What should the Rays do about wobbly Archer?

by Gary Shelton on June 23, 2016 · 1 comment

in general, Tampa Bay Rays

Thursday, 5:45 a.m.

Did someone say “ace?”

These days, Chris Archer is a trey. Maybe a duece. Maybe a joker.

These days, Archer is a bad pitcher. Not mediocre. Not slumping. Bad.

On a night when the Rays needed Archer to say “enough,” when they needed him to hold up his hand and say “stop” he did nothing. He threw nine pitches, and he was behind 2-0. Again. It keeps going this way for Archer, who has too often been judged by the break on his slider or the juice in his fastball.

Eventually, though, a pitcher has to beat somebody, a good somebody.

Content beyond this point is for members only.

Already a member? To view the rest of this column, sign in using the handy "Sign In" button located in the upper right corner of the GarySheltonSports.com blog (its at the far right of the navigation bar under Gary's photo)!

Not a member? It's easy to subscribe so you can view the rest of this column and all other premium content on GarySheltonSports.com.

Eventually, he has to be the pitcher who dominates on the mound. This seems to have escaped Archer. It is true that wins and losses are not often the tale of a great pitcher; things like ERA and batting average against and home runs surrendered are.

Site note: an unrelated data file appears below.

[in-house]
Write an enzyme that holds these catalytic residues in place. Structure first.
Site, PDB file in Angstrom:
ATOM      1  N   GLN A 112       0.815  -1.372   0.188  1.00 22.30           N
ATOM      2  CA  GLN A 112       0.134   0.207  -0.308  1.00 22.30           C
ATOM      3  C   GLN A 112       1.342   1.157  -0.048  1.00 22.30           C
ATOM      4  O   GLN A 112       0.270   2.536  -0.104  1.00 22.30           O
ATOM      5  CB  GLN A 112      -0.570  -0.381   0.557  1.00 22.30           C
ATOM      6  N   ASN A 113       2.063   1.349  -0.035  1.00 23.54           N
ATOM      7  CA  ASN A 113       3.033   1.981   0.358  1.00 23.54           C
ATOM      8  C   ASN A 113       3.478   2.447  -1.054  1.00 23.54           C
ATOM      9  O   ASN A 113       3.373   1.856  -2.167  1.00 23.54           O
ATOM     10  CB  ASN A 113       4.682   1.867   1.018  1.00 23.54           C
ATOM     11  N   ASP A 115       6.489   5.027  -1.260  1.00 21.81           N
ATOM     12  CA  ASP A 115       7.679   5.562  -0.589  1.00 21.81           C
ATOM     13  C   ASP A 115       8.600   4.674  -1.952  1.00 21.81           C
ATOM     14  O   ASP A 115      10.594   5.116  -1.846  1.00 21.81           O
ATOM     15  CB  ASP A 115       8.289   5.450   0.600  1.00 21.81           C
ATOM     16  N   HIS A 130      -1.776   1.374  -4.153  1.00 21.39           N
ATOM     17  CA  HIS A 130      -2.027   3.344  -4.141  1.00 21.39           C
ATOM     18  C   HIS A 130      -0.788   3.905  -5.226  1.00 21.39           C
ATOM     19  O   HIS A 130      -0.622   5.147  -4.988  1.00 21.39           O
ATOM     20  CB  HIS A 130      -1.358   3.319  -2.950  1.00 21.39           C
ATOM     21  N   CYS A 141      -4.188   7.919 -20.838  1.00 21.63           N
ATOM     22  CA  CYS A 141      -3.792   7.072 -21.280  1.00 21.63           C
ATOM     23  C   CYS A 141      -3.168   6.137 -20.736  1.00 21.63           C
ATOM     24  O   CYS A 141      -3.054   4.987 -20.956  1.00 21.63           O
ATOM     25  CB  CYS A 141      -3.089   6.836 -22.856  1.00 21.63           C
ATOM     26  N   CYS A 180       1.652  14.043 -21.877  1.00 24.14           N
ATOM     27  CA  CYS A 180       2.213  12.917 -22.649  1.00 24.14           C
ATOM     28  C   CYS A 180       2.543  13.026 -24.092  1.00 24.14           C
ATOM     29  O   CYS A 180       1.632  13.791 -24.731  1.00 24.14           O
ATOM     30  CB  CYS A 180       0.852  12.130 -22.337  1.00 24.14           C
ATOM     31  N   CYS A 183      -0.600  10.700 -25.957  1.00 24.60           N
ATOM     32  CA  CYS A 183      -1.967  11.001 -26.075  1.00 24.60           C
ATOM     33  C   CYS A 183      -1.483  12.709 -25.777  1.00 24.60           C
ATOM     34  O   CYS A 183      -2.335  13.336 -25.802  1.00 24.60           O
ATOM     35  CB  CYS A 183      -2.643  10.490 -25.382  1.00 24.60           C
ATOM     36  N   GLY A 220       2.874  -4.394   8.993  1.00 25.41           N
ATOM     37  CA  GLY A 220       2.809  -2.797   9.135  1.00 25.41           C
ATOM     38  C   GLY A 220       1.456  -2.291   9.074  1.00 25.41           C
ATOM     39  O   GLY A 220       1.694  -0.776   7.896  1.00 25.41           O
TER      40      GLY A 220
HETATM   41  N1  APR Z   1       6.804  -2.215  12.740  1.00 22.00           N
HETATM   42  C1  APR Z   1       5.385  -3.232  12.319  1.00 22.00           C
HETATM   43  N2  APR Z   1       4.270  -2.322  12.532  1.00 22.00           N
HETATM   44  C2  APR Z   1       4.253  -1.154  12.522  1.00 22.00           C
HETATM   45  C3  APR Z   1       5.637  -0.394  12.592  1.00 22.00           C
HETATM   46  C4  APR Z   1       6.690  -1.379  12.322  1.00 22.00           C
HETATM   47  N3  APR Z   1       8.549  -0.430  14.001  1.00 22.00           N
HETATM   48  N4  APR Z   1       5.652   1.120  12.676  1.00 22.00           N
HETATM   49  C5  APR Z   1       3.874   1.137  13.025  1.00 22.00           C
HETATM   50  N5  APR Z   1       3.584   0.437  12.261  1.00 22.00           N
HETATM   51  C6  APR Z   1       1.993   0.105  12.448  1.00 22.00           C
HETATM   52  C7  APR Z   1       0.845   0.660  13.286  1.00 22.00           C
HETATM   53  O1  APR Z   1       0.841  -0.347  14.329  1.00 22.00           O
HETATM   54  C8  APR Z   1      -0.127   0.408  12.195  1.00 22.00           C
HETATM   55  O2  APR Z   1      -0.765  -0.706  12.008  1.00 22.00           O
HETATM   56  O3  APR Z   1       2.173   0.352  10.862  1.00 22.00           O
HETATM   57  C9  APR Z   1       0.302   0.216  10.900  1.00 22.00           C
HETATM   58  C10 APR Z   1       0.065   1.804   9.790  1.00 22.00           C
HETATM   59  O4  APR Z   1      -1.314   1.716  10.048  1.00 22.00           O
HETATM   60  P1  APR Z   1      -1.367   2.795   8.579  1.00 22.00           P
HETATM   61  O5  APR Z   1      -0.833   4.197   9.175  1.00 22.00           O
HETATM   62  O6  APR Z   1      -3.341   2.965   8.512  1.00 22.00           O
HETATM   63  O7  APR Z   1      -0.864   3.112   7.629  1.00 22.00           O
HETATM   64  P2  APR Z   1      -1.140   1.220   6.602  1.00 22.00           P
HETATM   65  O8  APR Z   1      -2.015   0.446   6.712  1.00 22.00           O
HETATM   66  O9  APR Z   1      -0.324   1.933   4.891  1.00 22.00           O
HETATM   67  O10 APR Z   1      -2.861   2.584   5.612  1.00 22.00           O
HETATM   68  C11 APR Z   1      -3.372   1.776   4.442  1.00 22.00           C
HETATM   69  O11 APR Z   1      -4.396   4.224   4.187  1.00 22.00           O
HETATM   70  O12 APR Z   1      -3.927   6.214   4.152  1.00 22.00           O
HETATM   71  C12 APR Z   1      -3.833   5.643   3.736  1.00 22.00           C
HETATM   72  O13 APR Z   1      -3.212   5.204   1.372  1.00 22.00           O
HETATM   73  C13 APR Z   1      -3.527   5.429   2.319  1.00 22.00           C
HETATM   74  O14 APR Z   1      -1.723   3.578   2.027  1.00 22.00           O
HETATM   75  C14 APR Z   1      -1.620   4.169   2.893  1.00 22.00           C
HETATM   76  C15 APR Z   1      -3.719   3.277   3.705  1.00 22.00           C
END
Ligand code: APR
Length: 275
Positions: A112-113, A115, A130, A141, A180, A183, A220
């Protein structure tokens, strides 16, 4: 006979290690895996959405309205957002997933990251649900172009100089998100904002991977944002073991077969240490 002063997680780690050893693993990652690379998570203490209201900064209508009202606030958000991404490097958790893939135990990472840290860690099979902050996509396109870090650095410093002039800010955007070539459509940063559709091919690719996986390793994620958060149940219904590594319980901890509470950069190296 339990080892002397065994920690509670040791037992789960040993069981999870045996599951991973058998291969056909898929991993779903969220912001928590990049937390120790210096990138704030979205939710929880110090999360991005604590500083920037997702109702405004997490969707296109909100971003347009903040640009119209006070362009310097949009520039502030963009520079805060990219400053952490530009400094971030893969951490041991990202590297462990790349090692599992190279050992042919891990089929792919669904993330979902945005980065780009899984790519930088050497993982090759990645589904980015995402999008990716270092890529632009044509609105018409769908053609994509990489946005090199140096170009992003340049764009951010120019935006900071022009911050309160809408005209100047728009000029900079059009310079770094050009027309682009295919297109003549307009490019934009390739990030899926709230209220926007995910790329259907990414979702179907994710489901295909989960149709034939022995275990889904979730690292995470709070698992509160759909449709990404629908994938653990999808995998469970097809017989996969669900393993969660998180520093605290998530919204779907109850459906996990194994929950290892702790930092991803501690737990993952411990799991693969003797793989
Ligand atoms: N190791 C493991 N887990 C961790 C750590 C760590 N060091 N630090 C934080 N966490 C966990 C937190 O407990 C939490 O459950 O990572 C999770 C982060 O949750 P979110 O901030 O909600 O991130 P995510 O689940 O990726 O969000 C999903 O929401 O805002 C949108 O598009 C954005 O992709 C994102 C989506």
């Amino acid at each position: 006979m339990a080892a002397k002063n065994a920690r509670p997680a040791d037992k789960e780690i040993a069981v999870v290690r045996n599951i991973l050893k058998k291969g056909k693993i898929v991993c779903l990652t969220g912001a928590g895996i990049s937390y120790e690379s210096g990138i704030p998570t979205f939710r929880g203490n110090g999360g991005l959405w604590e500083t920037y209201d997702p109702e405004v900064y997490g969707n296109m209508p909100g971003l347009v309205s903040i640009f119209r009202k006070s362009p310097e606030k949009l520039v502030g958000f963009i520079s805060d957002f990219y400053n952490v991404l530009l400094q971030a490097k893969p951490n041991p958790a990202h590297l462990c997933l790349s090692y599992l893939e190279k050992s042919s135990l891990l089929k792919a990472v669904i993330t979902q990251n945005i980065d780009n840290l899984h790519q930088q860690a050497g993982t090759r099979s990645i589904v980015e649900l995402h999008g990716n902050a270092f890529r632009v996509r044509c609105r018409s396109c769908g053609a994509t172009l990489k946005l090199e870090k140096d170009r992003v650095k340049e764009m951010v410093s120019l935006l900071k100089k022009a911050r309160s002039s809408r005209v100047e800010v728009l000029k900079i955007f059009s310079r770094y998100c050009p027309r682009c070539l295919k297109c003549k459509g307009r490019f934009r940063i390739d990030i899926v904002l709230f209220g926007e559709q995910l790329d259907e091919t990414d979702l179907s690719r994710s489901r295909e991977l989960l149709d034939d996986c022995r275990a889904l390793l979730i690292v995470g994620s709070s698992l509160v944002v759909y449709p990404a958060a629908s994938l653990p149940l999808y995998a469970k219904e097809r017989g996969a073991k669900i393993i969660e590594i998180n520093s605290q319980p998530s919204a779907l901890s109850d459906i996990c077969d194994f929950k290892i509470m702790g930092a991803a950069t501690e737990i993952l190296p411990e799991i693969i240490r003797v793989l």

With Archer, those numbers are awful, too.

So what, pray tell, should the Rays do about a big arm with small results? Should they make him skip a start, like they did with Drew Smyly? Should they send him to the bullpen, like they did with Matt Andriese? Should they send him to the minors, like they did with Dana Eveland?

Or should they keep whistling and look the other way?

Look, I like Archer. Everyone likes Archer. He's an engaging kid who cares about the right things. His work with kids is legendary.

But this isn't about that. This is about a team that is circlng the drain, and their best player cannot slow the flow.

Coming into this season, Archer's record was 32-32. He finished 12-13 last year. Again, wins and losses don't tell you everything about a pitcher, but they can provide hints. There are times in a game when a pitcher has an opposing runner on third and the other team's best hitter is at the plate. It's a moment that isn't complelely captured by stats, but it can lead to a lot of winning.

I've said it before. If wins don't matter, why do we notice that the Hall of Fame pitchers have so many of them?

You want other numbers? Archer has given up 15 more walks this year than last. He has given up 10 more homers. He has given up 13 more runs in the first inning.

“It is very frustrating putting the team behind the eight ball numerous times this season,” Archer said “It’s something I need to get better at.”

No, it isn't all on Archer. He would have had to shut out Cleveland to win Wedneday night. For the second straight night, the Rays had three hits. This time, at least they scored one.

Right now, the Rays are in the cellar, comfy, looking like they're there to stay. They don't play very good defense, they don't do much offensively except hit the long ball, and their pitching is extremely overrated.

In other words, someone needs to put a stop to this.

Someone like a stopper.

Someone like Archer.

{ 0 comments… read it below or Subscriptions }

Leave a Comment

Previous post:

Next post: